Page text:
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Timeline: Chevalier Part 2 - Dear 'ole dad

18th century, French composer Chevalier de Saint-Georges was the son of a Senegalese enslaved individual and French aristocrat. This portrait of a young Saint-Georges was created in 1768.
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18th century, French composer Chevalier de Saint-Georges was the son of a Senegalese enslaved individual and French aristocrat. This portrait of a young Saint-Georges was created in 1768.

Timeline is diving into the life of 18th century, French composer Joseph Bologne Chevalier de Saint-Georges. In this episode we'll learn about Chevalier’s parents and especially his aristocratic father.

Just a quick content warning before we begin. This episode will make references to sexual assault and might be triggering for some listeners.

Together we’re exploring this question that I received from listener Janet Watton of Randolph Center.

Janet Watton: Why was Chevalier de Saint-Georges, who was so prominent during his time, now unknown in our time?

James Stewart: In order to answer this question we need to start off with a caveat or two. Not everyone agrees on this history. There are conflicting accounts and weird discrepancies that make it a little confusing. So the story we’re going to tell is just one perspective of the historical accounts. There are many resources out there if anyone wants to go a little deeper.

The story begins against the backdrop of the First French Colonial Empire of the 18th century that stretched from Illinois to the African coast. It was an empire of trade and commerce, building cities like New Orleans, Saint-Louis and Chicago as well as Montreal, Quebec and Port-au-prince. So much of this empire and the wealth it amassed was built on the backs of enslaved individuals.

Chevalier’s father, George, was born into a long line of colonists. The family owned extensive sugar and coffee plantations in Guadeloupe and beyond, meaning they were quite wealthy and participated in slavery. The Bologne family was deep in the aristocracy of France and many of the men had risen to places of prominence in the French military. George (dad) married Elizabeth and they had a daughter, also named Elizabeth (half-sister). According to many official records, Elizabeth was George’s only child; she wasn’t, but… I’m getting ahead of myself.

A few years after his daughter was born, George was visiting an uncle and got into a fight with another individual. The man was wounded, cut on the nose. We’re not sure about the extent of the injury, but this injured man said he was fine and went home. The wound became infected and the man died three days later. George was accused of murder and ran away, going into exile. That didn’t matter to the authorities. They still had a trial and sentenced George to death, in absentia. That means that they hung an effigy of George and stripped him of his name, lands and wealth. To the French government and society, he was dead.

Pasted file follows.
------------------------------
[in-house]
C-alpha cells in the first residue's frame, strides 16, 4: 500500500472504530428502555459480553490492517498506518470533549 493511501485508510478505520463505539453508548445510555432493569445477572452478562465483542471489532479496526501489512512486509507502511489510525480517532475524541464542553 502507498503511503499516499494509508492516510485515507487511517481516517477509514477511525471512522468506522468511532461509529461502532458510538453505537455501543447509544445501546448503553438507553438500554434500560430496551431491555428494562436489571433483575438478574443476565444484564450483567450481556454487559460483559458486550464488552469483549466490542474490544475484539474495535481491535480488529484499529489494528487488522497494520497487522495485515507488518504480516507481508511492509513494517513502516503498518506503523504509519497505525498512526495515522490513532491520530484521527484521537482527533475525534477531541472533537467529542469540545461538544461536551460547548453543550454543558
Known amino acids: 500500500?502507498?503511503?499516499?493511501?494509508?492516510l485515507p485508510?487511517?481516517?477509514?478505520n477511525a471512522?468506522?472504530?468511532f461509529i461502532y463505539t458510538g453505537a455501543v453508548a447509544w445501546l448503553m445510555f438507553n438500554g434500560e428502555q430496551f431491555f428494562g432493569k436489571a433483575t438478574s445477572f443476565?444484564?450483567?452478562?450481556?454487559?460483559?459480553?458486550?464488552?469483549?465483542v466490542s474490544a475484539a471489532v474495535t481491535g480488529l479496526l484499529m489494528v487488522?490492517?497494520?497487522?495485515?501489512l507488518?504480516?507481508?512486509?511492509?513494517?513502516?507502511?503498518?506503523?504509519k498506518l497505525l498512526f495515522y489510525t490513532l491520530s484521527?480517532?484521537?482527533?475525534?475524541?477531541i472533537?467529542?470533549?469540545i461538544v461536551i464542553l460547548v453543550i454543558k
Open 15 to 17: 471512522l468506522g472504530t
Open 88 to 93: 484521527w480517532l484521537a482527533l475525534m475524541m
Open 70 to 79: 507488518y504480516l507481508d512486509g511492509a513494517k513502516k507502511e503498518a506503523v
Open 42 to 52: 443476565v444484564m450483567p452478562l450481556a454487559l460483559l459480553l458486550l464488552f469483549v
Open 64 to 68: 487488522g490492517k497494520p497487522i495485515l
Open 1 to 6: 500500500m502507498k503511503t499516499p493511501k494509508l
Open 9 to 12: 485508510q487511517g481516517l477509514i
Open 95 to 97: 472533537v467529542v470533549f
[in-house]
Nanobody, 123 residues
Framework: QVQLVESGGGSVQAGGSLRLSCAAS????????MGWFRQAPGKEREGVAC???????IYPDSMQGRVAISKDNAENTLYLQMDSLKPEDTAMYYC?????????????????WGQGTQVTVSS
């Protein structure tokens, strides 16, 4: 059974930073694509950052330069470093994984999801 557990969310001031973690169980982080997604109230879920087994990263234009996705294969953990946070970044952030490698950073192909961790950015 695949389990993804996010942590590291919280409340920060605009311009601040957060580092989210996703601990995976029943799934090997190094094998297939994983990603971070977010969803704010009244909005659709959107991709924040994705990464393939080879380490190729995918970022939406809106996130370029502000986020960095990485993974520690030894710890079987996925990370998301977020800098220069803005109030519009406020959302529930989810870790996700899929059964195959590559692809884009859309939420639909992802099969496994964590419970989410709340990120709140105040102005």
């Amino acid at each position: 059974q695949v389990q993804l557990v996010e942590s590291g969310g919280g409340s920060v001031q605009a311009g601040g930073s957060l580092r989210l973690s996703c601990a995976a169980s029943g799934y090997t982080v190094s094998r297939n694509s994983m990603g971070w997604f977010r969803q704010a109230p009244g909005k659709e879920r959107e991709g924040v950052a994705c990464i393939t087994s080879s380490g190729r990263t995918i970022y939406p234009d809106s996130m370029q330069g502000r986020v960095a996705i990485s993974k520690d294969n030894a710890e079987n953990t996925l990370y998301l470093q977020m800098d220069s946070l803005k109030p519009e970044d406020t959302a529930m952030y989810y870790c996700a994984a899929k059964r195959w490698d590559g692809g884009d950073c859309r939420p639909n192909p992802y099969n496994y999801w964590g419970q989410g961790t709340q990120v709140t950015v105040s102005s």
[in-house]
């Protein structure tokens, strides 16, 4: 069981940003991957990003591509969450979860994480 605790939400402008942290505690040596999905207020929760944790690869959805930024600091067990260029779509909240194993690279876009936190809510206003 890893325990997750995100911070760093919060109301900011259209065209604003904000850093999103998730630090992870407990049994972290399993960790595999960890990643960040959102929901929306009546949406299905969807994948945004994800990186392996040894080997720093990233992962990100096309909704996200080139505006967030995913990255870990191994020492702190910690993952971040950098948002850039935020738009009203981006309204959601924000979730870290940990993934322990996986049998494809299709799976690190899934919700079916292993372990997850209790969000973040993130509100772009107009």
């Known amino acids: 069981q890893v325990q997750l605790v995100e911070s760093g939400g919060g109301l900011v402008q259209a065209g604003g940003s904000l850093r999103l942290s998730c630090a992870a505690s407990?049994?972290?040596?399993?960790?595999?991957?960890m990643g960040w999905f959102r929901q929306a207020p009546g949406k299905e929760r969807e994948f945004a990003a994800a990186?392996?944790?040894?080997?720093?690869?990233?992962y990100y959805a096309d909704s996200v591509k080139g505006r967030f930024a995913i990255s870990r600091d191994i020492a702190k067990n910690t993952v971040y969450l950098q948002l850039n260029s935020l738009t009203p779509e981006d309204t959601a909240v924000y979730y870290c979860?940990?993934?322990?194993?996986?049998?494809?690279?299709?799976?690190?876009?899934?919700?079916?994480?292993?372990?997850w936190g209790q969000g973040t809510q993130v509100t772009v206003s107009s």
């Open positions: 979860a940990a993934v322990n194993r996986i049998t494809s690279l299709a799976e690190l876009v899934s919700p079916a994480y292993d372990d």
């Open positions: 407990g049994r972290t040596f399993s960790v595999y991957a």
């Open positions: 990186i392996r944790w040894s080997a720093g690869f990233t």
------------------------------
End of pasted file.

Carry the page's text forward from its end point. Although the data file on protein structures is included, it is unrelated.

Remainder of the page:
Now in exile, it’s believed that George fled to St. Domingue, modern day Haiti, and he didn’t go alone. He brought along some enslaved individuals that had been a part of his household. One of these was a 16-year-old girl, originally from Senegal. We don’t know her name, but the historical accounts refer to her as Nanon. The accounts also make it a point to mention her great beauty. You can see where this is going. Nanon gave birth to George’s son, Joseph on Christmas Day, 1748. (Some accounts say 1745, but this was the date that Joseph used himself).

A few years down the road, George is pardoned for murder, meaning it’s a good thing they didn’t hang him for real. George’s land and prestige were reinstated and he used this newly regained power to send Joseph to school in France around the age of seven. In time, George was given a noble title as a Gentlemen of the King’s Chambers and returned to France with his legal wife, Elizabeth, his daughter, Elizabeth and his mistress, Nanon (Joseph’s mother). They were one big happy family.

Myra Flynn: Sounds like, yeah, just like the Brady Bunch, James.

James Stewart: That’s my colleague, Myra Flynn, the creator and host of another podcast here at Vermont Public, Homegoings. I gave her a preview of this story and when we got to this point Myra made it clear that George (Joseph’s father) shouldn’t be praised for providing for his son.

Myra Flynn: It’s hard to back-pat him, right? Because it’s like, 'Yeah, like great, you took care of your family.' I mean, you know, the continued rape of slaves and the children born of that rape. And the notion, or the story that they were given privilege, or privileges to say, work in the house, or, you know, essentially protected by the person who raped their mother, and shouldn’t they feel lucky for that? So that’s a little old hat.

James Stewart: It’s a point well taken and one worth remembering as we continue. In our next episode we’ll follow Joseph through his school years and development as a fencing legend, violinist, conductor and composer. Stay with us and follow the Timeline.

James Stewart is Vermont Public Classical's afternoon host. As a composer, he is interested in many different genres of music; writing for rock bands, symphony orchestras and everything in between.
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